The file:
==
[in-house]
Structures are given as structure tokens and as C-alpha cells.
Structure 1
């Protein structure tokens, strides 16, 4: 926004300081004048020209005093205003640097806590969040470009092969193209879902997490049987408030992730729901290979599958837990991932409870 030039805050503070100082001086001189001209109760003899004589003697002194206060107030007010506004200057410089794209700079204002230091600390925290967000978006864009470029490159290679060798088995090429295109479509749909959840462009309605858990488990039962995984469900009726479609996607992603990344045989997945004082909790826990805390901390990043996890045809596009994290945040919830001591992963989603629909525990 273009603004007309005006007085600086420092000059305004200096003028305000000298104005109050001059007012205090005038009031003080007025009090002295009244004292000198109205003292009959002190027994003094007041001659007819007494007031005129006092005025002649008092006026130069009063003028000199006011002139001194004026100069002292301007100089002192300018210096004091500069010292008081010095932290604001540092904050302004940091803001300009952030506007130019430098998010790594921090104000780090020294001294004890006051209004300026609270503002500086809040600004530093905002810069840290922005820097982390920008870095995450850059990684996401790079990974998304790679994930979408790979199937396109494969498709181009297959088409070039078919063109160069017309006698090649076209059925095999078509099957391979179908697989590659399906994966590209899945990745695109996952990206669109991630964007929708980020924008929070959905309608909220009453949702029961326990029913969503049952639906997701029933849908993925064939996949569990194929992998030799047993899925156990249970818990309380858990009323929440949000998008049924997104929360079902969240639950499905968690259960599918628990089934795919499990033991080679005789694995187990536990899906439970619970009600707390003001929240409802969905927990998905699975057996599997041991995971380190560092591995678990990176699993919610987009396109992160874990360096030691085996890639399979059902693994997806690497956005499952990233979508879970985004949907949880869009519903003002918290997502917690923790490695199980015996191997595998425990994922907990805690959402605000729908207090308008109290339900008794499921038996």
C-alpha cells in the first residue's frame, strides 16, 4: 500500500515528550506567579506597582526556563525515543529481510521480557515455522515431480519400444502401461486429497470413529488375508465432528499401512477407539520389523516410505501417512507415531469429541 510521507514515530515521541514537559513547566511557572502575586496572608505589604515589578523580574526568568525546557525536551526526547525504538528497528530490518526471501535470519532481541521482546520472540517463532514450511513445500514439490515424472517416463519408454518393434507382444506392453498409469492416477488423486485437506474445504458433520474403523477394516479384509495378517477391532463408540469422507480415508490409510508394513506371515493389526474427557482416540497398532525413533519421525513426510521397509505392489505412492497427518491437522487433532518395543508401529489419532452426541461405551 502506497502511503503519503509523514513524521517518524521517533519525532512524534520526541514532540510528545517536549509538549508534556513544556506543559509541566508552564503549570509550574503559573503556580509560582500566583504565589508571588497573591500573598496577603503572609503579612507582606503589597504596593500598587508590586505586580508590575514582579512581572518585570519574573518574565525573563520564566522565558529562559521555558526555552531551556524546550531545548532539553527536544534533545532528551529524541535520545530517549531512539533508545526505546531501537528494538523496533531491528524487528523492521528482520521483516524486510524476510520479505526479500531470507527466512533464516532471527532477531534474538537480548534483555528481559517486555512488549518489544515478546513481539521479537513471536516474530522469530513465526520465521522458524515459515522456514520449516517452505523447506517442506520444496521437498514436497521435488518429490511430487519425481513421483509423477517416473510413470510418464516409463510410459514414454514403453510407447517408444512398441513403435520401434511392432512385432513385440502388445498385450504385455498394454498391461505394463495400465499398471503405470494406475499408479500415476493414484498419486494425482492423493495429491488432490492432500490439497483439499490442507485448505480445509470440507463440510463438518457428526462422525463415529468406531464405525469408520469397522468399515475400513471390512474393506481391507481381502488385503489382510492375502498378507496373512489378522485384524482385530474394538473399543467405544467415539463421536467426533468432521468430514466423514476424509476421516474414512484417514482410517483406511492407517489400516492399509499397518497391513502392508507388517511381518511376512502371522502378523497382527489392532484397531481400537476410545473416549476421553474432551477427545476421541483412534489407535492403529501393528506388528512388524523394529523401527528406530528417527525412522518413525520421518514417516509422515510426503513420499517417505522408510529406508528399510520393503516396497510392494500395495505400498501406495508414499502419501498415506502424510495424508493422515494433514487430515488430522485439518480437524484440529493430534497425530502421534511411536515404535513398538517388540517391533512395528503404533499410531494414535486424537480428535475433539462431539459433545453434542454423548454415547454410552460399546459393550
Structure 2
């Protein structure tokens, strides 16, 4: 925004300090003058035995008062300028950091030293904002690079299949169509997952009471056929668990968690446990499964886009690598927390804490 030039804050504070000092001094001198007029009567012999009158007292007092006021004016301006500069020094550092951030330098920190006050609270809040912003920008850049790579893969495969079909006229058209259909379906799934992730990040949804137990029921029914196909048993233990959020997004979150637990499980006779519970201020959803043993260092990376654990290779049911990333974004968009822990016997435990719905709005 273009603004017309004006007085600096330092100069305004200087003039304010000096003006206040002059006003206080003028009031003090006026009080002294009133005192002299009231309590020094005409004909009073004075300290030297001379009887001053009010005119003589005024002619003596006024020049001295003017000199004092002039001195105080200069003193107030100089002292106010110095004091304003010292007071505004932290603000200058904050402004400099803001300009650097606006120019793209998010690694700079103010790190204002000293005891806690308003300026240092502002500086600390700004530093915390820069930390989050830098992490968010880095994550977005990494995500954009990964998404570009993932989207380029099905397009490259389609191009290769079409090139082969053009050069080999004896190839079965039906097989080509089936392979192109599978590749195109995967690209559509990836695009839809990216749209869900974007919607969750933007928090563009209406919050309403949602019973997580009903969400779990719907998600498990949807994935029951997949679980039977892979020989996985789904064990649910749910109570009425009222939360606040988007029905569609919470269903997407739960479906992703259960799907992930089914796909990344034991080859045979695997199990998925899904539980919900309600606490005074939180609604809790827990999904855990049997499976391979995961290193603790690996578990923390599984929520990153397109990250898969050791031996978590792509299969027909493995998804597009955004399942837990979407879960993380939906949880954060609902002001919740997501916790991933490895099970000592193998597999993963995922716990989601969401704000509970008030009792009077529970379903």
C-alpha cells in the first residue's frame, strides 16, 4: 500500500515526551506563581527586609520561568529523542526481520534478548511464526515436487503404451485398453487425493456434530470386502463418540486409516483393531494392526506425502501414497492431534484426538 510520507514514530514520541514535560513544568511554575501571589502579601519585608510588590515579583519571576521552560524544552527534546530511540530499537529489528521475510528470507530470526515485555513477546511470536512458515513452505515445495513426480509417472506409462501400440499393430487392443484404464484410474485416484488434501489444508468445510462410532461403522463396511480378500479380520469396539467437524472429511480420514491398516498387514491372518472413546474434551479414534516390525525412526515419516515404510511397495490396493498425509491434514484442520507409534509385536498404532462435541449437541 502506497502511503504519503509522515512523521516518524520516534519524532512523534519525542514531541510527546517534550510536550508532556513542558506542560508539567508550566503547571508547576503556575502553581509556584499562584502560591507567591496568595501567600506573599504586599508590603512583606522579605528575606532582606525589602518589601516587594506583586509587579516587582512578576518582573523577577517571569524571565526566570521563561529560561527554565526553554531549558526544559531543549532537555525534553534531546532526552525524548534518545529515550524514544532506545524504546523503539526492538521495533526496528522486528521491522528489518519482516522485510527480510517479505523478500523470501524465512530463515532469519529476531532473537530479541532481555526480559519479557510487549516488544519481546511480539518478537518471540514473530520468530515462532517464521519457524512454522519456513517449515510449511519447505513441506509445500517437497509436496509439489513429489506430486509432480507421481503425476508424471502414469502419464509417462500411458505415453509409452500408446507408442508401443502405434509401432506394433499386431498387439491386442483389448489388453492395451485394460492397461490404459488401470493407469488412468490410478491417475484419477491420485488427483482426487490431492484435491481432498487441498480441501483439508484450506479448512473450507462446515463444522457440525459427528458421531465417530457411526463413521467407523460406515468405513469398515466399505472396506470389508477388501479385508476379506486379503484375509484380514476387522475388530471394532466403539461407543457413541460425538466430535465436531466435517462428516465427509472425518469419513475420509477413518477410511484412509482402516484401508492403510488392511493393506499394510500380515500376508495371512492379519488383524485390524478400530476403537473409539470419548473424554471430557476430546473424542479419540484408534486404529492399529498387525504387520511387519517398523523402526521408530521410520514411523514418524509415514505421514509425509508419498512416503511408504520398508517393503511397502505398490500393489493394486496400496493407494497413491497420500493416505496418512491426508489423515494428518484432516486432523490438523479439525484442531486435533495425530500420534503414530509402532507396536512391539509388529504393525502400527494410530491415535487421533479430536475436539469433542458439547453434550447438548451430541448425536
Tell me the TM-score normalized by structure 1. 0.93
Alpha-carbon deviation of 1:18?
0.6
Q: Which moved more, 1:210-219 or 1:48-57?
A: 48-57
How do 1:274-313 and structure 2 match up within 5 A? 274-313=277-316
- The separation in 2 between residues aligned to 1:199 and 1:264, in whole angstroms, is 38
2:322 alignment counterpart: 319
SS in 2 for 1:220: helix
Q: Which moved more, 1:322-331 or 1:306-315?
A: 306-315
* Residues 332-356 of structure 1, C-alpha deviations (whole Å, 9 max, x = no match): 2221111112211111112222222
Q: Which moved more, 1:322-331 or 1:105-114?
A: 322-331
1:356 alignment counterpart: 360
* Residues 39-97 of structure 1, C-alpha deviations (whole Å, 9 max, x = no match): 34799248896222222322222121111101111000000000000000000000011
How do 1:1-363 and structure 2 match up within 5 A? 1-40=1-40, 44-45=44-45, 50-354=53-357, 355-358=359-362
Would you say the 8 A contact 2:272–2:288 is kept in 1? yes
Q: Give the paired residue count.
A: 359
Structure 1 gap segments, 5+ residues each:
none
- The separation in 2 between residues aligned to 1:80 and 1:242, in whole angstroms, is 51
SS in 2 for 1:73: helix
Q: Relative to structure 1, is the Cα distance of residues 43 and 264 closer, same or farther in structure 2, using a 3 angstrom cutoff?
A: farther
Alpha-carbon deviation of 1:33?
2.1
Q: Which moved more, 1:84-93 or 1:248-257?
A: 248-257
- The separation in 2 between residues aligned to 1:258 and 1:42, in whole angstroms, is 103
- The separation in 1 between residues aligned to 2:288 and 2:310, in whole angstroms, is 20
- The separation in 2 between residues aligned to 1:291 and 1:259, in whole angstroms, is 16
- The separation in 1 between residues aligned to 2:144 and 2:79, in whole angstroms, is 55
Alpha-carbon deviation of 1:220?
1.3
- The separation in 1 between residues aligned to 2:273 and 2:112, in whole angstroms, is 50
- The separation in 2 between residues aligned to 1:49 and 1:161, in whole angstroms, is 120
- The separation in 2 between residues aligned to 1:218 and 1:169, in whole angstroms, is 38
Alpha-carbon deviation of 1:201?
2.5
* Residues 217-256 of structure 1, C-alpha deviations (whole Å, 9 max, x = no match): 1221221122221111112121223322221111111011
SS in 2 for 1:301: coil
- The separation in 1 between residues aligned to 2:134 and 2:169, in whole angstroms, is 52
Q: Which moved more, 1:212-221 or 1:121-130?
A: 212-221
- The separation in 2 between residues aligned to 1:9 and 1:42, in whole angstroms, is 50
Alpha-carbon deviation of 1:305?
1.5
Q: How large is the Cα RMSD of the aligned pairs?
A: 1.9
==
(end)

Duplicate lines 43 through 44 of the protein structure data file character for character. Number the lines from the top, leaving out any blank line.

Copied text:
Alpha-carbon deviation of 1:220?
1.3